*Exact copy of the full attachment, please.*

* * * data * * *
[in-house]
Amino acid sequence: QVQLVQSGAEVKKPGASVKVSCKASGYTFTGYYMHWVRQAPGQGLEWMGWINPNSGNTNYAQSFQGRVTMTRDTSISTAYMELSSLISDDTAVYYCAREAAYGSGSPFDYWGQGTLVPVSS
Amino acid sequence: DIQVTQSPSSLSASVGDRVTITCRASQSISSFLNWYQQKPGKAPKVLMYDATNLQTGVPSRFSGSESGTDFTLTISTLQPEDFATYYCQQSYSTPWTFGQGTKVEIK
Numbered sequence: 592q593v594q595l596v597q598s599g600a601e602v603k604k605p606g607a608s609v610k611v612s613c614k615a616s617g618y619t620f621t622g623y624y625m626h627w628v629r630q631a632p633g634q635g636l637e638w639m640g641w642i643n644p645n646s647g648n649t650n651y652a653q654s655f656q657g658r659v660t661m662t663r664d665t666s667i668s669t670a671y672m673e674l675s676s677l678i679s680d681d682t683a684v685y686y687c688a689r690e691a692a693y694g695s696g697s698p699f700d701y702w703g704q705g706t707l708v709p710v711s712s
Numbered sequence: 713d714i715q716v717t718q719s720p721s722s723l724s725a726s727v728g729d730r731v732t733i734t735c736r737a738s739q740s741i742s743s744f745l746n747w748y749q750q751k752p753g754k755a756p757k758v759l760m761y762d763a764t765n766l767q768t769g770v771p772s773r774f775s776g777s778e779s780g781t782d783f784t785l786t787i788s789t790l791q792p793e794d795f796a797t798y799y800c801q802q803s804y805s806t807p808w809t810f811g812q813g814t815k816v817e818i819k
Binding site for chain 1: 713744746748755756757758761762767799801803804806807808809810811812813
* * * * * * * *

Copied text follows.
[in-house]
Amino acid sequence: QVQLVQSGAEVKKPGASVKVSCKASGYTFTGYYMHWVRQAPGQGLEWMGWINPNSGNTNYAQSFQGRVTMTRDTSISTAYMELSSLISDDTAVYYCAREAAYGSGSPFDYWGQGTLVPVSS
Amino acid sequence: DIQVTQSPSSLSASVGDRVTITCRASQSISSFLNWYQQKPGKAPKVLMYDATNLQTGVPSRFSGSESGTDFTLTISTLQPEDFATYYCQQSYSTPWTFGQGTKVEIK
Numbered sequence: 592q593v594q595l596v597q598s599g600a601e602v603k604k605p606g607a608s609v610k611v612s613c614k615a616s617g618y619t620f621t622g623y624y625m626h627w628v629r630q631a632p633g634q635g636l637e638w639m640g641w642i643n644p645n646s647g648n649t650n651y652a653q654s655f656q657g658r659v660t661m662t663r664d665t666s667i668s669t670a671y672m673e674l675s676s677l678i679s680d681d682t683a684v685y686y687c688a689r690e691a692a693y694g695s696g697s698p699f700d701y702w703g704q705g706t707l708v709p710v711s712s
Numbered sequence: 713d714i715q716v717t718q719s720p721s722s723l724s725a726s727v728g729d730r731v732t733i734t735c736r737a738s739q740s741i742s743s744f745l746n747w748y749q750q751k752p753g754k755a756p757k758v759l760m761y762d763a764t765n766l767q768t769g770v771p772s773r774f775s776g777s778e779s780g781t782d783f784t785l786t787i788s789t790l791q792p793e794d795f796a797t798y799y800c801q802q803s804y805s806t807p808w809t810f811g812q813g814t815k816v817e818i819k
Binding site for chain 1: 713744746748755756757758761762767799801803804806807808809810811812813